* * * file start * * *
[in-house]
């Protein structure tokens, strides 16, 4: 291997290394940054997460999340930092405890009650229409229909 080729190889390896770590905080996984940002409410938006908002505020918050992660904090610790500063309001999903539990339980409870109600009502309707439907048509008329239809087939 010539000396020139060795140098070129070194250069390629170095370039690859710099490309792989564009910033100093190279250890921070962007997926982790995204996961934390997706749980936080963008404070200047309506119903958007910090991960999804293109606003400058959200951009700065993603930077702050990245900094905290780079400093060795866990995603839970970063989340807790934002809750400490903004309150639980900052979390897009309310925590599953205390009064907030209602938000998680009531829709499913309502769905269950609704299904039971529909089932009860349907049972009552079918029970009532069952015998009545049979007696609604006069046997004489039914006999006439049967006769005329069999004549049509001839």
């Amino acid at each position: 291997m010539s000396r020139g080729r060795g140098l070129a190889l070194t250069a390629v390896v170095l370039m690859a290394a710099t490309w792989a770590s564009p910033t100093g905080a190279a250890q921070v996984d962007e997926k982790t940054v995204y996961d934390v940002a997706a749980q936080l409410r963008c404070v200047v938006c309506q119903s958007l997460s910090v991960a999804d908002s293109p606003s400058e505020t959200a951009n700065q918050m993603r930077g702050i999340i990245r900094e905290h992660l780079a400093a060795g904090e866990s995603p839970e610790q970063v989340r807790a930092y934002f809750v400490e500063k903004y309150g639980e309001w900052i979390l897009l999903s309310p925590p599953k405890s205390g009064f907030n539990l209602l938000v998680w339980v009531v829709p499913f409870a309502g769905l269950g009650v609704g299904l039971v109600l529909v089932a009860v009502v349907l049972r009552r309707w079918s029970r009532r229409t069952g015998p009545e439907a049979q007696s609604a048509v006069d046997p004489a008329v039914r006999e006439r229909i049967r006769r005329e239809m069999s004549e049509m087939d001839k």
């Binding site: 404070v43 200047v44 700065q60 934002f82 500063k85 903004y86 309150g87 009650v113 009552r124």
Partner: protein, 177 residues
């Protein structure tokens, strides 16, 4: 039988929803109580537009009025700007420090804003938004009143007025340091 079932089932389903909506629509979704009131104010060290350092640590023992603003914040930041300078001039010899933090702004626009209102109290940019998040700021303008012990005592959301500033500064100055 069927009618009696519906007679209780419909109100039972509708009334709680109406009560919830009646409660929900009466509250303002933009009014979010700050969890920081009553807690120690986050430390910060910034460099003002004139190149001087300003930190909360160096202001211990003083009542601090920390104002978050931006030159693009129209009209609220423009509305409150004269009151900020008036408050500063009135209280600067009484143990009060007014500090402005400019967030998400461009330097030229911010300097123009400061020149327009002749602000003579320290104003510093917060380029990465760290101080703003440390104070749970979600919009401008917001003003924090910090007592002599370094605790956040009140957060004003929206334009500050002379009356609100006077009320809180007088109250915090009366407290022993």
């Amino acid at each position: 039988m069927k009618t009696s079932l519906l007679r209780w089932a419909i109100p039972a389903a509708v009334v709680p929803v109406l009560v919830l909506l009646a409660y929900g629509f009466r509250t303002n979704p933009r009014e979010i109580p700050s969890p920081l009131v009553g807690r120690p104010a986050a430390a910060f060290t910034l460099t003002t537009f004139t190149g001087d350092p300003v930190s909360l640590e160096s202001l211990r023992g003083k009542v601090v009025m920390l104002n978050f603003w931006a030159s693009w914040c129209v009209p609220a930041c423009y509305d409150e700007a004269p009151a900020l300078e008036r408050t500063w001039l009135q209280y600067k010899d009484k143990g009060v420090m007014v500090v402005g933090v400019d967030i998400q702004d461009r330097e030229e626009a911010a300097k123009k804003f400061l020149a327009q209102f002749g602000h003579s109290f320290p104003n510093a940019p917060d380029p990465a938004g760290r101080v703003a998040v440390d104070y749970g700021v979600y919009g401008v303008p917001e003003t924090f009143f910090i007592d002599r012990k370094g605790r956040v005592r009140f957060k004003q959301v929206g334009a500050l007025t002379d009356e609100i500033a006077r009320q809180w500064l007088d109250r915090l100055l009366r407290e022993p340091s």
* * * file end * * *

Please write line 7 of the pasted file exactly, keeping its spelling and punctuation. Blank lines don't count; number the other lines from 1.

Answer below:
């Amino acid at each position: 039988m069927k009618t009696s079932l519906l007679r209780w089932a419909i109100p039972a389903a509708v009334v709680p929803v109406l009560v919830l909506l009646a409660y929900g629509f009466r509250t303002n979704p933009r009014e979010i109580p700050s969890p920081l009131v009553g807690r120690p104010a986050a430390a910060f060290t910034l460099t003002t537009f004139t190149g001087d350092p300003v930190s909360l640590e160096s202001l211990r023992g003083k009542v601090v009025m920390l104002n978050f603003w931006a030159s693009w914040c129209v009209p609220a930041c423009y509305d409150e700007a004269p009151a900020l300078e008036r408050t500063w001039l009135q209280y600067k010899d009484k143990g009060v420090m007014v500090v402005g933090v400019d967030i998400q702004d461009r330097e030229e626009a911010a300097k123009k804003f400061l020149a327009q209102f002749g602000h003579s109290f320290p104003n510093a940019p917060d380029p990465a938004g760290r101080v703003a998040v440390d104070y749970g700021v979600y919009g401008v303008p917001e003003t924090f009143f910090i007592d002599r012990k370094g605790r956040v005592r009140f957060k004003q959301v929206g334009a500050l007025t002379d009356e609100i500033a006077r009320q809180w500064l007088d109250r915090l100055l009366r407290e022993p340091s």